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“But Hawaiʻi's social ills, poverty that is demonstrably an after affect — still — of the Māhele more than a century and a half ago, youth crime and disaffection that come of having one's cultural heritage ripped apart and never mended, the restoration of native identity and the just desire for the return of some amount of autonomy which for decades was never accorded a status equal to that even of American Indians, the natural environment that was nearly obliterated in the worship of sugar, and more, need to be not just addressed but comprehensively, meaningfully, and probably expensively, addressed. But they are not addressed by nostalgia for the chiefly days. People who espouse reincarnation always fancy themselves to have been Henry VIII or Marie Antoinette. No one channels his past to some humble, downtrodden, medieval plowman. In old Hawaiʻi, 999 people in 1,000 were kanakas, digging taro, netting fish, trying to hide their one pig from the chief steward, being throttled on an altar if their shadow crossed an aliʻi. Modern cultural sensitivity obscures an important fact: Hawaiʻi never was a paradise.”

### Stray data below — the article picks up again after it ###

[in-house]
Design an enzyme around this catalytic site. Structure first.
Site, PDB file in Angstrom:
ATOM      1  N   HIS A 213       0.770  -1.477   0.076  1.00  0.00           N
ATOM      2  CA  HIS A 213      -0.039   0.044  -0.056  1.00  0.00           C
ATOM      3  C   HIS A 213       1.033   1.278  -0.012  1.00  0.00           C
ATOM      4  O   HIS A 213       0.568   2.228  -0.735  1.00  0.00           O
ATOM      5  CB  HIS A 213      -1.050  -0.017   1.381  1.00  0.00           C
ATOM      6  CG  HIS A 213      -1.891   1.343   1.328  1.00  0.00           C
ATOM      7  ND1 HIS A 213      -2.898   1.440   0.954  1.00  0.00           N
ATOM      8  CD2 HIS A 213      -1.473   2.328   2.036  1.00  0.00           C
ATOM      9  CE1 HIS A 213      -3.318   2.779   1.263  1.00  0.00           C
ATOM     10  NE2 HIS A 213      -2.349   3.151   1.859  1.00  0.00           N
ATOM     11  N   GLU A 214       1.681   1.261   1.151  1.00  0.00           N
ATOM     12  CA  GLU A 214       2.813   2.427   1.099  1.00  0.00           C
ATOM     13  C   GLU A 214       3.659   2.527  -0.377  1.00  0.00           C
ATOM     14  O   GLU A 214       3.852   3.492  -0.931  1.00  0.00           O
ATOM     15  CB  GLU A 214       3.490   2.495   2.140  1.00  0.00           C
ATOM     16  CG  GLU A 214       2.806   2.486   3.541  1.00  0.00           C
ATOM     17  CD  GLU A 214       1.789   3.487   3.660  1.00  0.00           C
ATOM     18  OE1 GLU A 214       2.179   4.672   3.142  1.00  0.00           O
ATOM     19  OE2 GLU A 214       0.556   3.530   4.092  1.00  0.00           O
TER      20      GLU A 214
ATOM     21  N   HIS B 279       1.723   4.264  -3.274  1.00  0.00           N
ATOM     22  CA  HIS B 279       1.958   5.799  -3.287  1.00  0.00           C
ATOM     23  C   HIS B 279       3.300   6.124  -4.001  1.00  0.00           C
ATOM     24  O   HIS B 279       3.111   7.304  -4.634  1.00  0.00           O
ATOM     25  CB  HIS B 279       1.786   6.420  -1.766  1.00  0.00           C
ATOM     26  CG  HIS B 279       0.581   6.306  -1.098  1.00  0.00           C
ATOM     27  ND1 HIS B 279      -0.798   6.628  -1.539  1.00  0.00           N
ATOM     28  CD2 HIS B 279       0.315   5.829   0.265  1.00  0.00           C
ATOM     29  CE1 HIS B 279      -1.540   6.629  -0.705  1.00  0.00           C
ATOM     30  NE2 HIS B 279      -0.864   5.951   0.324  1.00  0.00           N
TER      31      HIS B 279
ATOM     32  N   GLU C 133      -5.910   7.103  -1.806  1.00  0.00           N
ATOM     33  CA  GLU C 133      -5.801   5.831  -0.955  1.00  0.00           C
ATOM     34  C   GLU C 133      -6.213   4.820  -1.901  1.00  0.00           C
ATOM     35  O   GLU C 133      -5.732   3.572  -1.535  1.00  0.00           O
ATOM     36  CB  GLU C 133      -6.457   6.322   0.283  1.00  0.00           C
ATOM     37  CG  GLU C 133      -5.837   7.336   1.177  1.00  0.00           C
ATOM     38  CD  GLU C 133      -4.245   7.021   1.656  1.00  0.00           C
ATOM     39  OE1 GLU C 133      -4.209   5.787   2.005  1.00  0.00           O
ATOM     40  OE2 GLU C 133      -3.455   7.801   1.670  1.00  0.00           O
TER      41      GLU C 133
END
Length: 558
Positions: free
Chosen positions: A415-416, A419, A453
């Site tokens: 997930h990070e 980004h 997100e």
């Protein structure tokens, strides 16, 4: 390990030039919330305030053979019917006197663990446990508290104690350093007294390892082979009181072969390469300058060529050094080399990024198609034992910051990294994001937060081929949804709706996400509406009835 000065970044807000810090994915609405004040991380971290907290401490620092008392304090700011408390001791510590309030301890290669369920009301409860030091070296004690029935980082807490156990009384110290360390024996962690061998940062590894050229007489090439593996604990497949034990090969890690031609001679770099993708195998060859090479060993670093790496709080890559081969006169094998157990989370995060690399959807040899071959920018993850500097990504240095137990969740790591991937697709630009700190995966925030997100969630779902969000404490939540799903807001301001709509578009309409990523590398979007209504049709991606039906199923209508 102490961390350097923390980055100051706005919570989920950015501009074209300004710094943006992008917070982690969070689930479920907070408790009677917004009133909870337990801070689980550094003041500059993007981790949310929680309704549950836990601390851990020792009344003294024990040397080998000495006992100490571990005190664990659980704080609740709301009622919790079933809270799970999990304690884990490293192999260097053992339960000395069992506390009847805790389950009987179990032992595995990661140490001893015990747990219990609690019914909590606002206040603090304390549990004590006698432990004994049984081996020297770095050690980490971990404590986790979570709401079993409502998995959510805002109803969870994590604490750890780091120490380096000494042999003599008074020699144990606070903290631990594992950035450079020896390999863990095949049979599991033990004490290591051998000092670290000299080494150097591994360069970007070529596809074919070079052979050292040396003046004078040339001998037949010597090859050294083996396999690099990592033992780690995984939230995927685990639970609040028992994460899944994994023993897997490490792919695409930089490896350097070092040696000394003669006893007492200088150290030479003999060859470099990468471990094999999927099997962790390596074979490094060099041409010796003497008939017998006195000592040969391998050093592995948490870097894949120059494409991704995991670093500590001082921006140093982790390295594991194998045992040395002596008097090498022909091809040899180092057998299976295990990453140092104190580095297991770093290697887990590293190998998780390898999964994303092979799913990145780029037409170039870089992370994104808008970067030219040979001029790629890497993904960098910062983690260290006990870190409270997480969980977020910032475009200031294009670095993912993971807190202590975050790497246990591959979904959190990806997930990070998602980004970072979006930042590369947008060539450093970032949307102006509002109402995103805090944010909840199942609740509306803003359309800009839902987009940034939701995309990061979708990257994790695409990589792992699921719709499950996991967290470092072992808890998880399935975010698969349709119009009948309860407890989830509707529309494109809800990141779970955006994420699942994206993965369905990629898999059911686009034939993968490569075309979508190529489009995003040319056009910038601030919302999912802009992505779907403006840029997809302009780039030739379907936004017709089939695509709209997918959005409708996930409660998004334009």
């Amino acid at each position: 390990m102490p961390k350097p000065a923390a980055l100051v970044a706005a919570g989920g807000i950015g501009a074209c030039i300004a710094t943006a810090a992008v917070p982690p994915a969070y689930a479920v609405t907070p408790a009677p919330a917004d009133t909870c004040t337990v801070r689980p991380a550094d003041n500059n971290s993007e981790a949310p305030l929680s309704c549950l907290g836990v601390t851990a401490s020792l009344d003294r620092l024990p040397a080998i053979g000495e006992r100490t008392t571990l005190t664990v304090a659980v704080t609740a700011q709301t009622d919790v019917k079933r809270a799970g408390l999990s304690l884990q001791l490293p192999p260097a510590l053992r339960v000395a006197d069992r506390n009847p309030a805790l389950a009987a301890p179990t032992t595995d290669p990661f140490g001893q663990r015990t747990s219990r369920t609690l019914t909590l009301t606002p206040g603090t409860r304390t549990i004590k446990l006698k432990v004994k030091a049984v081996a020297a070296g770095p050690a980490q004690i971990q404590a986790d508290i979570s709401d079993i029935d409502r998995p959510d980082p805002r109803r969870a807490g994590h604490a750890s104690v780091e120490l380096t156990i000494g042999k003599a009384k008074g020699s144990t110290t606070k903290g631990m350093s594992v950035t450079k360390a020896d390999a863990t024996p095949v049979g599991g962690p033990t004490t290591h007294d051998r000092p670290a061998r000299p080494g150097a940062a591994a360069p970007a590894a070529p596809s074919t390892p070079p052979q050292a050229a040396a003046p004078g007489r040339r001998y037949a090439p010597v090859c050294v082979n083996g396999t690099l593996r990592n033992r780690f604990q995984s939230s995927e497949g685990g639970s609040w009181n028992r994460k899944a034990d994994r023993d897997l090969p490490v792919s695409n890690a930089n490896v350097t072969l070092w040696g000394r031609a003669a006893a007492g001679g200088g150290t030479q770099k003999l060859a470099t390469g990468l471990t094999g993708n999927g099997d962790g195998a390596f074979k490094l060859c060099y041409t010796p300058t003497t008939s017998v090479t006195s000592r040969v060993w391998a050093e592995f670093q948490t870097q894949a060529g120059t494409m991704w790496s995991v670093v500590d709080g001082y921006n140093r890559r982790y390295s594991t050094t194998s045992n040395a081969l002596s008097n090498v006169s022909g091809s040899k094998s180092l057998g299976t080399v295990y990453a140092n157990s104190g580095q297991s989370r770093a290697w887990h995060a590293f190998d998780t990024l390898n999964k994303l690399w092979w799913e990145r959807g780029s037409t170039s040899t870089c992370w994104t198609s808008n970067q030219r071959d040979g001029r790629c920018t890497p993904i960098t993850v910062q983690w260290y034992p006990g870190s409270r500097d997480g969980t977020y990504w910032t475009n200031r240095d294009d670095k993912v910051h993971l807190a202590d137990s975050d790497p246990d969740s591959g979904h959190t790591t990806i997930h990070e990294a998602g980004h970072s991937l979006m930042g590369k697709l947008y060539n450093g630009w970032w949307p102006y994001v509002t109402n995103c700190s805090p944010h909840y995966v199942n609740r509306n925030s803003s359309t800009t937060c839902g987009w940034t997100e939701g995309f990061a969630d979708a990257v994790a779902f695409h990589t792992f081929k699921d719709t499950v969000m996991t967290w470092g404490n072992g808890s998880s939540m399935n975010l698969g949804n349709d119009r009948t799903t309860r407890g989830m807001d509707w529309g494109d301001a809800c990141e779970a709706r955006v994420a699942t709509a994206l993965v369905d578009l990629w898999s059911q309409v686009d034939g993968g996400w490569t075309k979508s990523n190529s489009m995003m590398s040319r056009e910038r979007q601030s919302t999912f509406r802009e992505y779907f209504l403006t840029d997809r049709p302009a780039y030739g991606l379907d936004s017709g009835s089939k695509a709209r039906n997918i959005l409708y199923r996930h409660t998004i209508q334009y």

James L. Haley
Captive Paradise: A History of Hawaii

“I must have put a decimal point in the wrong place or something. Shit! I always do that. I always mess up some mundane detail.”

David Herman as Michael Bolton in Office Space, 1999

“One morning in May, on the front page of The New York Times, there was a photograph of a soldier firing his rifle at Taliban attackers from the ramparts of Fire Base Restrepo in Afghanastan. An Associated Press photographer had captured Specialist Zachary Boyd defending his Fire Base dressed in helmet, body armor, flip flops, and pink boxer shorts with little red hearts in which were printed, ‘I Love New York’. I burst out laughing. Any soldier who goes into battle against the Taliban in pink boxers and flip flops has a special kind of courage, I said publicly. What an incredible innovation in psychological warfare. I loved that picture so much that an enlargement hung on the wall outside my office for two years.”

former U.S. Secretary of Defense Robert M. Gates
Duty: Memoirs of a Secretary at War